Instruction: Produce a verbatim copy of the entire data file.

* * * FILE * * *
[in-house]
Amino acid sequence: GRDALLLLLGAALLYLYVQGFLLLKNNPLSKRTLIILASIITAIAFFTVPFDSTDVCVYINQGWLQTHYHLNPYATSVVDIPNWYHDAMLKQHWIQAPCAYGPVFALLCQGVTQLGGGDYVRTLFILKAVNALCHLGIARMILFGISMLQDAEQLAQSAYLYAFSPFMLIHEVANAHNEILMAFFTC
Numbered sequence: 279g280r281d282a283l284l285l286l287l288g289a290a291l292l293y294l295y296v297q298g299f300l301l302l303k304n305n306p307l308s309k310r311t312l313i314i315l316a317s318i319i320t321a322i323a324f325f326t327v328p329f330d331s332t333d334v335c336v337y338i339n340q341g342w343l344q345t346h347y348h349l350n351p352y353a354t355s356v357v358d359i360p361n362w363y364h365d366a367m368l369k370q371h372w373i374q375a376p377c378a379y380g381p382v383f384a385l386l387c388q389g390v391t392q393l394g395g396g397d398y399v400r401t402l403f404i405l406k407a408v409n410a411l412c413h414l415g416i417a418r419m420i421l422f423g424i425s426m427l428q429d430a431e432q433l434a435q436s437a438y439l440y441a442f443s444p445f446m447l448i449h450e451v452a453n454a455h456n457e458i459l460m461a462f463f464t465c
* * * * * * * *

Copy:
[in-house]
Amino acid sequence: GRDALLLLLGAALLYLYVQGFLLLKNNPLSKRTLIILASIITAIAFFTVPFDSTDVCVYINQGWLQTHYHLNPYATSVVDIPNWYHDAMLKQHWIQAPCAYGPVFALLCQGVTQLGGGDYVRTLFILKAVNALCHLGIARMILFGISMLQDAEQLAQSAYLYAFSPFMLIHEVANAHNEILMAFFTC
Numbered sequence: 279g280r281d282a283l284l285l286l287l288g289a290a291l292l293y294l295y296v297q298g299f300l301l302l303k304n305n306p307l308s309k310r311t312l313i314i315l316a317s318i319i320t321a322i323a324f325f326t327v328p329f330d331s332t333d334v335c336v337y338i339n340q341g342w343l344q345t346h347y348h349l350n351p352y353a354t355s356v357v358d359i360p361n362w363y364h365d366a367m368l369k370q371h372w373i374q375a376p377c378a379y380g381p382v383f384a385l386l387c388q389g390v391t392q393l394g395g396g397d398y399v400r401t402l403f404i405l406k407a408v409n410a411l412c413h414l415g416i417a418r419m420i421l422f423g424i425s426m427l428q429d430a431e432q433l434a435q436s437a438y439l440y441a442f443s444p445f446m447l448i449h450e451v452a453n454a455h456n457e458i459l460m461a462f463f464t465c